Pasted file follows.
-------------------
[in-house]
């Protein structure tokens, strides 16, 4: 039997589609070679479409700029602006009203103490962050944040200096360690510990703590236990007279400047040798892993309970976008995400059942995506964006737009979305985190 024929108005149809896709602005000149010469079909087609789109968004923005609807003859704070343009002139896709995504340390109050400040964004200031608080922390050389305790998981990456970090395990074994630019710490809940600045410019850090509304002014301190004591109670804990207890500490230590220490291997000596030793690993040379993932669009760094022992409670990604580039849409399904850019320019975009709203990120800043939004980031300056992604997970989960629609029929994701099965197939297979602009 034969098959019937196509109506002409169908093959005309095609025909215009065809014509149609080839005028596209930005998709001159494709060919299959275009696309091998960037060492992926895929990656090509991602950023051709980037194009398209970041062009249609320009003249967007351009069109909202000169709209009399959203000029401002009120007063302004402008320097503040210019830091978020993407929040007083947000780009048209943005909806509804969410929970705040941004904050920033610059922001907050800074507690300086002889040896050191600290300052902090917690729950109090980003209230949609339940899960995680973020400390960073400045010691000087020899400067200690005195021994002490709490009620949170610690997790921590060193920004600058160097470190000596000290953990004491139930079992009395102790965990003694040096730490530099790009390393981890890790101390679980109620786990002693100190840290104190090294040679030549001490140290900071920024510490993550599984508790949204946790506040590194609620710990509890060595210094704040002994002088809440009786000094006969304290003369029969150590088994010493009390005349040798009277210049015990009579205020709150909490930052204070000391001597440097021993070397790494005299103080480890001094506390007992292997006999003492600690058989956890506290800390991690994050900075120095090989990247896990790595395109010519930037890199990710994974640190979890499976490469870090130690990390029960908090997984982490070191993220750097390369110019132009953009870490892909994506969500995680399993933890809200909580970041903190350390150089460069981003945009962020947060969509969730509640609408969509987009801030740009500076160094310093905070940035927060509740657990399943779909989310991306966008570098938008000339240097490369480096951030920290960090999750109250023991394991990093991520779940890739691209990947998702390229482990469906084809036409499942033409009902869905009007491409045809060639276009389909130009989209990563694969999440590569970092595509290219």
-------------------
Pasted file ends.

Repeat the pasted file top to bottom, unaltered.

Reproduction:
[in-house]
């Protein structure tokens, strides 16, 4: 039997589609070679479409700029602006009203103490962050944040200096360690510990703590236990007279400047040798892993309970976008995400059942995506964006737009979305985190 024929108005149809896709602005000149010469079909087609789109968004923005609807003859704070343009002139896709995504340390109050400040964004200031608080922390050389305790998981990456970090395990074994630019710490809940600045410019850090509304002014301190004591109670804990207890500490230590220490291997000596030793690993040379993932669009760094022992409670990604580039849409399904850019320019975009709203990120800043939004980031300056992604997970989960629609029929994701099965197939297979602009 034969098959019937196509109506002409169908093959005309095609025909215009065809014509149609080839005028596209930005998709001159494709060919299959275009696309091998960037060492992926895929990656090509991602950023051709980037194009398209970041062009249609320009003249967007351009069109909202000169709209009399959203000029401002009120007063302004402008320097503040210019830091978020993407929040007083947000780009048209943005909806509804969410929970705040941004904050920033610059922001907050800074507690300086002889040896050191600290300052902090917690729950109090980003209230949609339940899960995680973020400390960073400045010691000087020899400067200690005195021994002490709490009620949170610690997790921590060193920004600058160097470190000596000290953990004491139930079992009395102790965990003694040096730490530099790009390393981890890790101390679980109620786990002693100190840290104190090294040679030549001490140290900071920024510490993550599984508790949204946790506040590194609620710990509890060595210094704040002994002088809440009786000094006969304290003369029969150590088994010493009390005349040798009277210049015990009579205020709150909490930052204070000391001597440097021993070397790494005299103080480890001094506390007992292997006999003492600690058989956890506290800390991690994050900075120095090989990247896990790595395109010519930037890199990710994974640190979890499976490469870090130690990390029960908090997984982490070191993220750097390369110019132009953009870490892909994506969500995680399993933890809200909580970041903190350390150089460069981003945009962020947060969509969730509640609408969509987009801030740009500076160094310093905070940035927060509740657990399943779909989310991306966008570098938008000339240097490369480096951030920290960090999750109250023991394991990093991520779940890739691209990947998702390229482990469906084809036409499942033409009902869905009007491409045809060639276009389909130009989209990563694969999440590569970092595509290219």